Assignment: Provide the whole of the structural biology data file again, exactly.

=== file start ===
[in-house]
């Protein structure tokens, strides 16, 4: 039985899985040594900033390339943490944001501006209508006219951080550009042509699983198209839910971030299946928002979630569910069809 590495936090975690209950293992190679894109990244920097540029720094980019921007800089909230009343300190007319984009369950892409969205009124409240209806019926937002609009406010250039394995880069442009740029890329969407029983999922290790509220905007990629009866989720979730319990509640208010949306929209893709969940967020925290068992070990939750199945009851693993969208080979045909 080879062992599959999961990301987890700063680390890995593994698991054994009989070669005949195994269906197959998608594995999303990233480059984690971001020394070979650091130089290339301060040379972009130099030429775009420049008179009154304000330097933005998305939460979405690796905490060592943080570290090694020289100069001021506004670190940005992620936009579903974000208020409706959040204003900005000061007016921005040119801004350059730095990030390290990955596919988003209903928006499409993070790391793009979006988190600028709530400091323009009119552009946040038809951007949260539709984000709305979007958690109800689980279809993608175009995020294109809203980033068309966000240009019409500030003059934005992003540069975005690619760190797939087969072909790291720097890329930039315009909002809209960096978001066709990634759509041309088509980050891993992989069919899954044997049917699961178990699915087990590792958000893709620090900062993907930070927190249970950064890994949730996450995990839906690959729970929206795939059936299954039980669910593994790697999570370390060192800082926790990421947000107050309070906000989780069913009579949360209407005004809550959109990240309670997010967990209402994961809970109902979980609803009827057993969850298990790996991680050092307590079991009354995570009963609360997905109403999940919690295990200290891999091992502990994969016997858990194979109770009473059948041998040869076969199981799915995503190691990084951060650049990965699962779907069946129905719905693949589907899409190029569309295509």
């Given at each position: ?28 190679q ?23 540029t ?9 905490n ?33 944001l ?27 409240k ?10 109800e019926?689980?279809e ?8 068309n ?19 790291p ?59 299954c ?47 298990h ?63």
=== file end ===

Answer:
[in-house]
């Protein structure tokens, strides 16, 4: 039985899985040594900033390339943490944001501006209508006219951080550009042509699983198209839910971030299946928002979630569910069809 590495936090975690209950293992190679894109990244920097540029720094980019921007800089909230009343300190007319984009369950892409969205009124409240209806019926937002609009406010250039394995880069442009740029890329969407029983999922290790509220905007990629009866989720979730319990509640208010949306929209893709969940967020925290068992070990939750199945009851693993969208080979045909 080879062992599959999961990301987890700063680390890995593994698991054994009989070669005949195994269906197959998608594995999303990233480059984690971001020394070979650091130089290339301060040379972009130099030429775009420049008179009154304000330097933005998305939460979405690796905490060592943080570290090694020289100069001021506004670190940005992620936009579903974000208020409706959040204003900005000061007016921005040119801004350059730095990030390290990955596919988003209903928006499409993070790391793009979006988190600028709530400091323009009119552009946040038809951007949260539709984000709305979007958690109800689980279809993608175009995020294109809203980033068309966000240009019409500030003059934005992003540069975005690619760190797939087969072909790291720097890329930039315009909002809209960096978001066709990634759509041309088509980050891993992989069919899954044997049917699961178990699915087990590792958000893709620090900062993907930070927190249970950064890994949730996450995990839906690959729970929206795939059936299954039980669910593994790697999570370390060192800082926790990421947000107050309070906000989780069913009579949360209407005004809550959109990240309670997010967990209402994961809970109902979980609803009827057993969850298990790996991680050092307590079991009354995570009963609360997905109403999940919690295990200290891999091992502990994969016997858990194979109770009473059948041998040869076969199981799915995503190691990084951060650049990965699962779907069946129905719905693949589907899409190029569309295509």
């Given at each position: ?28 190679q ?23 540029t ?9 905490n ?33 944001l ?27 409240k ?10 109800e019926?689980?279809e ?8 068309n ?19 790291p ?59 299954c ?47 298990h ?63």